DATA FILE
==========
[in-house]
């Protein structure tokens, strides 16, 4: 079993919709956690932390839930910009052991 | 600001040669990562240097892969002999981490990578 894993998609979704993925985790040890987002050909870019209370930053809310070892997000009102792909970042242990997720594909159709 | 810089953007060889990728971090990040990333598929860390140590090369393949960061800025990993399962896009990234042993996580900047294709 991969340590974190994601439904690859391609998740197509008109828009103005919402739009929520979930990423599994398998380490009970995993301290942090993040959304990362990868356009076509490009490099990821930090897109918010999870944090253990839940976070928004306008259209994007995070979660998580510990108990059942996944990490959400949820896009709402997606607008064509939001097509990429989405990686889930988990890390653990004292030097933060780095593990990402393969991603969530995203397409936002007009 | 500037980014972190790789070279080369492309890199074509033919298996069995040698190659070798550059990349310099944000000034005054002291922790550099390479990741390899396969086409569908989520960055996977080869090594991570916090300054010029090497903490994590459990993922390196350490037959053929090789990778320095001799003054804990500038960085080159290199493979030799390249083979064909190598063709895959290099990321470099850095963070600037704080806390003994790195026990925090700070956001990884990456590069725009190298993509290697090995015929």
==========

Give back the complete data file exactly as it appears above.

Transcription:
[in-house]
């Protein structure tokens, strides 16, 4: 079993919709956690932390839930910009052991 | 600001040669990562240097892969002999981490990578 894993998609979704993925985790040890987002050909870019209370930053809310070892997000009102792909970042242990997720594909159709 | 810089953007060889990728971090990040990333598929860390140590090369393949960061800025990993399962896009990234042993996580900047294709 991969340590974190994601439904690859391609998740197509008109828009103005919402739009929520979930990423599994398998380490009970995993301290942090993040959304990362990868356009076509490009490099990821930090897109918010999870944090253990839940976070928004306008259209994007995070979660998580510990108990059942996944990490959400949820896009709402997606607008064509939001097509990429989405990686889930988990890390653990004292030097933060780095593990990402393969991603969530995203397409936002007009 | 500037980014972190790789070279080369492309890199074509033919298996069995040698190659070798550059990349310099944000000034005054002291922790550099390479990741390899396969086409569908989520960055996977080869090594991570916090300054010029090497903490994590459990993922390196350490037959053929090789990778320095001799003054804990500038960085080159290199493979030799390249083979064909190598063709895959290099990321470099850095963070600037704080806390003994790195026990925090700070956001990884990456590069725009190298993509290697090995015929």